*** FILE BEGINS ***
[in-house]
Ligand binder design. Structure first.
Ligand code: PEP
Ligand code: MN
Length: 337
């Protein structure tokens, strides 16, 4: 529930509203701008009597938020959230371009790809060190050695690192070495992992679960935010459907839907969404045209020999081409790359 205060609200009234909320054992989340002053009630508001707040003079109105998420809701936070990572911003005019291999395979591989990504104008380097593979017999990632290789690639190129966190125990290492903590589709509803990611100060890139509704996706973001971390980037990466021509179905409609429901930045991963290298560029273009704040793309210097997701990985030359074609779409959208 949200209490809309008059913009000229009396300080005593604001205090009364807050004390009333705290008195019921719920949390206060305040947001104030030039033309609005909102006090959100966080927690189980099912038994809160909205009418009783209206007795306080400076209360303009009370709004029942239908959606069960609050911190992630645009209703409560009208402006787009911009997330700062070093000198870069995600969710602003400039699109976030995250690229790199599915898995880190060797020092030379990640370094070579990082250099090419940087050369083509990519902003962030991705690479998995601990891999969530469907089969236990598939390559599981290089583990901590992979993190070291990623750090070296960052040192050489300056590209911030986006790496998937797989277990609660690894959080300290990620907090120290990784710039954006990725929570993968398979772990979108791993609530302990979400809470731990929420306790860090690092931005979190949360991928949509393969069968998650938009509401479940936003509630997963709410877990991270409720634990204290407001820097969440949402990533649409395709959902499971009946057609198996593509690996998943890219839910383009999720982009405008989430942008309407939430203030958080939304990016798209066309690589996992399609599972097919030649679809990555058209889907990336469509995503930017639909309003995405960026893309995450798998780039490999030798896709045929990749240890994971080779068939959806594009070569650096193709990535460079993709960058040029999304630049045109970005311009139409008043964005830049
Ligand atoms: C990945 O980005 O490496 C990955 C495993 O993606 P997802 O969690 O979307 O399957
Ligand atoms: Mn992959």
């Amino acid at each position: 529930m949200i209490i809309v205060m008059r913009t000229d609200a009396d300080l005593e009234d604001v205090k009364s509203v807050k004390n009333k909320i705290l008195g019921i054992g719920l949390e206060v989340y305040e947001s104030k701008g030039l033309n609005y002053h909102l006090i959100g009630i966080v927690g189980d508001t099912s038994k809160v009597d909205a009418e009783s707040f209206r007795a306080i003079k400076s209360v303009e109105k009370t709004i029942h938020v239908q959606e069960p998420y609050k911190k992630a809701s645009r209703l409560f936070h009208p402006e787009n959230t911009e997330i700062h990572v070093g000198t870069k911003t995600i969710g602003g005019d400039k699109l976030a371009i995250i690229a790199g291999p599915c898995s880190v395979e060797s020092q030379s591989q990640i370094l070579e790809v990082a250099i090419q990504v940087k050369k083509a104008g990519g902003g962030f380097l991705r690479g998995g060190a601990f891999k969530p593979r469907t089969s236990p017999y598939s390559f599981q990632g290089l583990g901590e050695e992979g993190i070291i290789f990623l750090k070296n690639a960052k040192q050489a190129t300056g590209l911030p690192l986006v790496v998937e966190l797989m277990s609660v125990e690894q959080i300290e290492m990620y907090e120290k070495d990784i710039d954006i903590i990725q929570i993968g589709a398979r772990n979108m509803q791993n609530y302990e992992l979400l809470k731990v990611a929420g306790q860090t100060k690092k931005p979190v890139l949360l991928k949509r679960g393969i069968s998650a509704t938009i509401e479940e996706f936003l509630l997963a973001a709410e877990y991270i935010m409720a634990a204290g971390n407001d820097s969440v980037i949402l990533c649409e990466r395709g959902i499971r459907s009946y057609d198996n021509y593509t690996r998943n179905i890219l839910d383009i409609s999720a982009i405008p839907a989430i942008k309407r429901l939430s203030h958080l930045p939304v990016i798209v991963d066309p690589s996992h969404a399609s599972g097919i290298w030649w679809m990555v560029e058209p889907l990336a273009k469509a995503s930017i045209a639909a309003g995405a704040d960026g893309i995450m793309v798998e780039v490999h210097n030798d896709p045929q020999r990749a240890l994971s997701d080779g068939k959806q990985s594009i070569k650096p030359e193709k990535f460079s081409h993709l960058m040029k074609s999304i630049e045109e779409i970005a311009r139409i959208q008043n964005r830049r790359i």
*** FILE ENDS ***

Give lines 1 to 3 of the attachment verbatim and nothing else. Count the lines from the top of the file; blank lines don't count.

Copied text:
[in-house]
Ligand binder design. Structure first.
Ligand code: PEP